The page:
So it’s definitely happening. The sponsorship money is rolling in – and huge thanks to all who have given so generously – the kit is being gathered and broken in, and the pulse is starting to race just a tiny bit at the thought of getting my lovely authentic Roman boots onto the wall path. But my feelings, I must admit, are slightly mixed on the subject. Let me explain:
Most of the idea is just brilliant. What could be better than six days walking Hadrian’s Wall with two good mates and one of the foremost authorities on the wall itself (and an awfully nice man), getting my lungs full of fresh air, having a few pints in the evening and making thousands of pounds for charity at the same time? Not much, I can tell you from experience. However, having done this whole ‘walking the wall in Roman kit’ thing before, it won’t be unmitigated pleasure.
For a start, the daily routine will be fifteen non-negotiable miles. That doesn’t sound much until you’re doing it, carrying heavy equipment and watching the great British public sail past in their cars (grrrr…). Throw in a nice drizzly day and it all gets rather damp and a bit miserable (although, and you can take this from me, sunny hot days are a whole lot worse – have you ever drunk several litres of water in a day and not once needed to go to the lavatory due to excessive sweating, because I did on the last day of my first wall walk). Then there are blisters. My personal answer to them is to cut off the tops and let them turn to leather, although I do have a plan not to incur them if at all possible since this does entail a fair amount of manly teeth gritting. My last and most recent problem is the fact that my back’s decided that I’ve reached the age where it ought to start hurting like buggery, resulting in an extensive course of chiropracty and the routine intake of good Scotch as a duel pronged response to the problem. Painkillers may be required, and as I write my new and fearsomely powerful TENS machine is doing a passable imitation of an army of cats taking out their frustrations of my lower back with their claws. Whether it works is debatable, although it certainly feels like it should be.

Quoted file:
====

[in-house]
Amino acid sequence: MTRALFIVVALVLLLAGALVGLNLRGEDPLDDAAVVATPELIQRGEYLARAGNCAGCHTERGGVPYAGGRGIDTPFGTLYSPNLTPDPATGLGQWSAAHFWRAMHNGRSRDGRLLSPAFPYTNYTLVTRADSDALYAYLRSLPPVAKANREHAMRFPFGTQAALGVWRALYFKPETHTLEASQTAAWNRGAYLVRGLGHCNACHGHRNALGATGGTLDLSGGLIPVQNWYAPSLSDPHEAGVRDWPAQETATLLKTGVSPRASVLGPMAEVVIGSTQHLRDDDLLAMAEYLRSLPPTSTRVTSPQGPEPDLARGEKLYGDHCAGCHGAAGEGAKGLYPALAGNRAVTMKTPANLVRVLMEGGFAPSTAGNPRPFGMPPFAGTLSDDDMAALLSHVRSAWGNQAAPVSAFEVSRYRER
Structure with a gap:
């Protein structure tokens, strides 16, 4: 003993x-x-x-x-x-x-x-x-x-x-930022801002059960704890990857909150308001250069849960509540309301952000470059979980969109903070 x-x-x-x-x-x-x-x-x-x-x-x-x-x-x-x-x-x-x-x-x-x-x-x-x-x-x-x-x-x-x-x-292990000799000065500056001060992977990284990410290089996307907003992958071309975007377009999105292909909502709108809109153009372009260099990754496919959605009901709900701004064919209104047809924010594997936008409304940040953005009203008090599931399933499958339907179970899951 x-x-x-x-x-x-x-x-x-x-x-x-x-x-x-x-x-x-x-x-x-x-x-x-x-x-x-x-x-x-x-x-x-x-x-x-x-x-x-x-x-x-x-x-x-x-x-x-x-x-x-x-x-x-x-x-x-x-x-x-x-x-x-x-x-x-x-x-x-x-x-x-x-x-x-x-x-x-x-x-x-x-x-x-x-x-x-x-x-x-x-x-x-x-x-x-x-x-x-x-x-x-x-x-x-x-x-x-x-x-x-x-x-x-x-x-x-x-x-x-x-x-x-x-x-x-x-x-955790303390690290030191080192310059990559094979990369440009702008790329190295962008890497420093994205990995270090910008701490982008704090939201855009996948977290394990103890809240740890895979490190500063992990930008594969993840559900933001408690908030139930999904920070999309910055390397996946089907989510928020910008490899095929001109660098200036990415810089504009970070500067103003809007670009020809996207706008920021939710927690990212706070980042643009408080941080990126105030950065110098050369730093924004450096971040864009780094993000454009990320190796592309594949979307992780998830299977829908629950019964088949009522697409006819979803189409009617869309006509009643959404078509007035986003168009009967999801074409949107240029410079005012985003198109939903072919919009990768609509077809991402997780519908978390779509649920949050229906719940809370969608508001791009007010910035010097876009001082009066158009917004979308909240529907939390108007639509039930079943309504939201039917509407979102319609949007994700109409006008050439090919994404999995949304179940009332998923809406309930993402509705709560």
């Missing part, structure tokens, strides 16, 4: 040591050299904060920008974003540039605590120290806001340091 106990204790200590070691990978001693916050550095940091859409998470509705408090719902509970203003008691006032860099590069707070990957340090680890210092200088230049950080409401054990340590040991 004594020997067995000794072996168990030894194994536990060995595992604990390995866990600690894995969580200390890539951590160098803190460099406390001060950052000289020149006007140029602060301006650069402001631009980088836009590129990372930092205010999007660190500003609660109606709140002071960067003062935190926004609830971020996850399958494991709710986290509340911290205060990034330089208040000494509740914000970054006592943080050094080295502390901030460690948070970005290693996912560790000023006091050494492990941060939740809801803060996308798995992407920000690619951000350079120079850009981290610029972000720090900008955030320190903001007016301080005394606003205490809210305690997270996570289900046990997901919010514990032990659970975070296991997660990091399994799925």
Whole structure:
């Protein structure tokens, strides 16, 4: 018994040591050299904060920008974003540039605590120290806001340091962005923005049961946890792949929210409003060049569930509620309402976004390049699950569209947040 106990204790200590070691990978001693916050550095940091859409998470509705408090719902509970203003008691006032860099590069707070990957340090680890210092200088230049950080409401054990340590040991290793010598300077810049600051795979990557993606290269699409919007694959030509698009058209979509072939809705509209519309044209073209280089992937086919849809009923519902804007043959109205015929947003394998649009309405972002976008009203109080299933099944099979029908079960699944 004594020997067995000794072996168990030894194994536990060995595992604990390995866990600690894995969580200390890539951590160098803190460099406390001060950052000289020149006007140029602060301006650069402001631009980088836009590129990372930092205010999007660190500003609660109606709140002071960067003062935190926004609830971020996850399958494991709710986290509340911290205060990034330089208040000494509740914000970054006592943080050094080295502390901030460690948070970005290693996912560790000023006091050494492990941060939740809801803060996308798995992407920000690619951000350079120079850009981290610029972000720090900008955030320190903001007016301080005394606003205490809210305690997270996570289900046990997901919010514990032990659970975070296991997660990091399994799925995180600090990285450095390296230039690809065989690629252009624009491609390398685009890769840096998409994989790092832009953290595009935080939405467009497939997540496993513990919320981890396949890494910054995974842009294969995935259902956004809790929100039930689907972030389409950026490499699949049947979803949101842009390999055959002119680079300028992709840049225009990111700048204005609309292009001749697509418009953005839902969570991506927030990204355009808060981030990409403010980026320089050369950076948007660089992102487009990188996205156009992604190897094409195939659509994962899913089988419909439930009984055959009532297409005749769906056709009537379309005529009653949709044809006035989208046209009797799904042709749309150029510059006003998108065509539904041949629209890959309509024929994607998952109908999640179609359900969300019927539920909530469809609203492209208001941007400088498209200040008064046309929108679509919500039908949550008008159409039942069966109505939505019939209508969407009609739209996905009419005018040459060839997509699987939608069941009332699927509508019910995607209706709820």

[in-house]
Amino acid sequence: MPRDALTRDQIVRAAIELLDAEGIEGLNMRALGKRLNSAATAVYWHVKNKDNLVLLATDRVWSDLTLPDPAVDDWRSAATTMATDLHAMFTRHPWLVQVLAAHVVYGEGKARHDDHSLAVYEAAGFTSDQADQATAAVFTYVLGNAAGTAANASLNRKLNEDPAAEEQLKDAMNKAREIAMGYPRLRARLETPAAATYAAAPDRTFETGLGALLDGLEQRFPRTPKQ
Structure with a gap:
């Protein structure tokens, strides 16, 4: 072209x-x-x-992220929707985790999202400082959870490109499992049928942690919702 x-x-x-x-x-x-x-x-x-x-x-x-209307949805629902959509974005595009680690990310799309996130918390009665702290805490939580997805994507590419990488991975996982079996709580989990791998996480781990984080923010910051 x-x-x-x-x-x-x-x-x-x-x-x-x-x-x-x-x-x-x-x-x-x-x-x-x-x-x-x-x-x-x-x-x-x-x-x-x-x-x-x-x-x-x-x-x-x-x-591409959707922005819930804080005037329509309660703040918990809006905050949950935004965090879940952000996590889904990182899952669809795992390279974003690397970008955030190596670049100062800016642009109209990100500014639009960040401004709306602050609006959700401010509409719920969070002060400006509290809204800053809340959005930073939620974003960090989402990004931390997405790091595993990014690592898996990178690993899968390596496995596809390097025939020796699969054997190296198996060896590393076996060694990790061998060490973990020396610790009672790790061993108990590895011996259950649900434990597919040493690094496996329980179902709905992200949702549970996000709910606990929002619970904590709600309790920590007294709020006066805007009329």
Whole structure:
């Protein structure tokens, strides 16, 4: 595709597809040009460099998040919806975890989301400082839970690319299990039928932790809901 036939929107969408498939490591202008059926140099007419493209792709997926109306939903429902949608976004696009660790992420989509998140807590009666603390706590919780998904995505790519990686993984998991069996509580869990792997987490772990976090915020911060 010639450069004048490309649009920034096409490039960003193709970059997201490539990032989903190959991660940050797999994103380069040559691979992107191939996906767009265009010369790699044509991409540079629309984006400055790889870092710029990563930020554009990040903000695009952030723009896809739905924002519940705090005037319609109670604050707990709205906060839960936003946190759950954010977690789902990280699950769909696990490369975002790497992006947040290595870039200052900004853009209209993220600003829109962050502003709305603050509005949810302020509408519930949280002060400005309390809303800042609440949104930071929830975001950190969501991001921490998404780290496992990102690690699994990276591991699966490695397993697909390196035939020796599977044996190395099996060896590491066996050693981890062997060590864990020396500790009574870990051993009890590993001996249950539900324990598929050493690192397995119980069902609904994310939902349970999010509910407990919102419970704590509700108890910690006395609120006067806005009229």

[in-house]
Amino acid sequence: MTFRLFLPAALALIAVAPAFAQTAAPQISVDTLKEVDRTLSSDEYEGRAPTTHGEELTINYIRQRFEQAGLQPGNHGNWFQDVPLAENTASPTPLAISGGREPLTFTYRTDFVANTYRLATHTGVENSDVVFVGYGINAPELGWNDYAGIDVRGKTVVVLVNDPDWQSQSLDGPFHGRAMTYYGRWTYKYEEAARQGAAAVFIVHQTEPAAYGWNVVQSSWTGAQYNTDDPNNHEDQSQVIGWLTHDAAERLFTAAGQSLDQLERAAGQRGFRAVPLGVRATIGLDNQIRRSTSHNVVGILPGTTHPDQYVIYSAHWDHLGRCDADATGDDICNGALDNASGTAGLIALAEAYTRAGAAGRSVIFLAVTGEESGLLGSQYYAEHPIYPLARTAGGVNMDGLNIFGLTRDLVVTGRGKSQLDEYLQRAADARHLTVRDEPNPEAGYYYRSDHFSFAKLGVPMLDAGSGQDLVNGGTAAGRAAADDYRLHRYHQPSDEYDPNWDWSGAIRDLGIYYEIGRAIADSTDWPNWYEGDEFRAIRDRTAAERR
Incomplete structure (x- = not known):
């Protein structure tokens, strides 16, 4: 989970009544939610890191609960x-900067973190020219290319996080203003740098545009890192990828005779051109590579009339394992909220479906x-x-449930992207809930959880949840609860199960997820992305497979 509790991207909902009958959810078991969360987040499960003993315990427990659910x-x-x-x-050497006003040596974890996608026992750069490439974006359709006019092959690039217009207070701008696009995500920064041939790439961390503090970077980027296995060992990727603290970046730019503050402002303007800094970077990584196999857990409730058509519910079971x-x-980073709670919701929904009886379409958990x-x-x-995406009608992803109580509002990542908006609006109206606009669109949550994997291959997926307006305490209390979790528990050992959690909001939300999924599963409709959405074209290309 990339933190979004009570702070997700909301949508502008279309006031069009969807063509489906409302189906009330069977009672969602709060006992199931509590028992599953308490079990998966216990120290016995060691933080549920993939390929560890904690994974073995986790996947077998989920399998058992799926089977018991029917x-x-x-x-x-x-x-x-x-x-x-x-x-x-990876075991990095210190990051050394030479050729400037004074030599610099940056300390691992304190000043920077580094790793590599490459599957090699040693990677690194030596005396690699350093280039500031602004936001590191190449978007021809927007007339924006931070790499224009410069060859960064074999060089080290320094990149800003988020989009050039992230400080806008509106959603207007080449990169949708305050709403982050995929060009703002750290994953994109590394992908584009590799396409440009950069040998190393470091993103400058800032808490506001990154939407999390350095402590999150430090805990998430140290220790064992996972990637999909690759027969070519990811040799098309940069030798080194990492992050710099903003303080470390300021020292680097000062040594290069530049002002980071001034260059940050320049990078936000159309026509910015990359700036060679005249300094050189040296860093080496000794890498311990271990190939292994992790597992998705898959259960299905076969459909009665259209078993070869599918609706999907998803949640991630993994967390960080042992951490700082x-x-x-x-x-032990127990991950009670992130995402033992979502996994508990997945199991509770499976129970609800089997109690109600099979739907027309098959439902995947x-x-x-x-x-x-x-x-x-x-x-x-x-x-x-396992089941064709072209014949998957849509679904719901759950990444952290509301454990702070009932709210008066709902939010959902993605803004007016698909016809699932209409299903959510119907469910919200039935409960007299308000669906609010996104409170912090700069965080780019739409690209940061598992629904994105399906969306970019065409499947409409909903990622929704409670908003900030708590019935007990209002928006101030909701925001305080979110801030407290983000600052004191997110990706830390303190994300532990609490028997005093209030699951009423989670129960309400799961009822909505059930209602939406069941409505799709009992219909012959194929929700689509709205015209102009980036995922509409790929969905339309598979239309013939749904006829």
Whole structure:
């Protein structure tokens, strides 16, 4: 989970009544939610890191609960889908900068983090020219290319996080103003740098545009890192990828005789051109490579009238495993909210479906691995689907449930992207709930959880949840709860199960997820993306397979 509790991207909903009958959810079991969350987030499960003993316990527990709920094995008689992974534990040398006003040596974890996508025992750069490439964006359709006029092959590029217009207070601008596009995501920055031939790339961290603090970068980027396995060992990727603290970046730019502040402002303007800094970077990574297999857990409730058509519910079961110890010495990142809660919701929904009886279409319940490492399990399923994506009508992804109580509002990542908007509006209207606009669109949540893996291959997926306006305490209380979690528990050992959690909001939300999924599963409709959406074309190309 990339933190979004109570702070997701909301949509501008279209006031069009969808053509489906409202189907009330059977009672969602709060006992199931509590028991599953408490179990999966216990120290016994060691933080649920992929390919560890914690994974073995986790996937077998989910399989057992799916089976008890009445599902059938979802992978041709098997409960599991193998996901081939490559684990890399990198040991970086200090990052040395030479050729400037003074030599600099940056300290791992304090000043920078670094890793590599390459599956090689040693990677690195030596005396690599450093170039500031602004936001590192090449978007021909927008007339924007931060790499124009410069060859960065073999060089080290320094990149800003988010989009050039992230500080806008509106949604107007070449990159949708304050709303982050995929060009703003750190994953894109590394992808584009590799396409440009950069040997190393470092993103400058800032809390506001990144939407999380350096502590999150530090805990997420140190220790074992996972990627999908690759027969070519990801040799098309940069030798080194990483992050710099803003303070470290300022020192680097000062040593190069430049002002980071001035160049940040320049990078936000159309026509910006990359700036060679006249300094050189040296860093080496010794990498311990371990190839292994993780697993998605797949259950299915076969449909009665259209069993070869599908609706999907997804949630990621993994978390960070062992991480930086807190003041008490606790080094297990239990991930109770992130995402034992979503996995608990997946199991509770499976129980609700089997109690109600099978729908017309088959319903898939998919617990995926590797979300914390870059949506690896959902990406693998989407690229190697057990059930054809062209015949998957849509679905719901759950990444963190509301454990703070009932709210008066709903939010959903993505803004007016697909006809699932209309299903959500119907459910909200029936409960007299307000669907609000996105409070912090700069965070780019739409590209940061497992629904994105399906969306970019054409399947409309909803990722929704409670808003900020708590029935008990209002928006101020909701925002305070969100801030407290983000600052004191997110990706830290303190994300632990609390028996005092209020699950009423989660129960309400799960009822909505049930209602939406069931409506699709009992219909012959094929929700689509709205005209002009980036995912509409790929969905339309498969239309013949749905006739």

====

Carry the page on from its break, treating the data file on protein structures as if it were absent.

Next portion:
And that’s enough whinging. Looking to the practicalities, our kit is going to play an interesting part in keeping us dry and pain free, I suspect. My lovely hand made Roman boots (thank you, Sarah Juniper) have been slathered with beeswax, and I’ve been careful to push the waxy gunk deep into the stitching that holds sole and upper together, although I suspect they’ll still leak if it’s really wet, and I confess to having a pair of goretex socks in reserve for that apocalyptic moment. The clothing that we’ll be wearing, made to Roman patterns by the excellent Claire Marshall of Plaeau Imprints) is made of wool that was woven ‘in the grease’, which means that the natural substances – lanolin, mainly – that keep sheep relatively dry in the wet are retained. Hopefully it’ll be pretty much waterproof! My overtunic – there also being under-tunics to keep the top layer more fragrant and provide some protection against the wind – will be edged with an amazing swastika pattern, from back when that symbol hadn’t been tarnished by the events of the last century, and my cloak
My other secret weapon against the sort of knee warping exhaustion that I suffered three years ago is the time period I’ve chosen to represent this time round. While Russ Whitfield will be exercising his sturdy musculature by carting around my chain mail and hard kit, which comes in at over four stone in weight, I shall be gamboling light footedly across the hills in nothing worse than a rather heavy 4th century helmet and spatha (sword) combination, my considerable girth secured by a fantastic Dorchester belt made for me by Ade Wink at Armamentaria.
I’ll blog again once it’s all arrived and I’ve worked out how it should all be worn I’ll post another entry to show you just how silly it all looks when I’m wearing it. In the meantime here are a few pics of the kit I’ve already gathered.
Thanks for reading.
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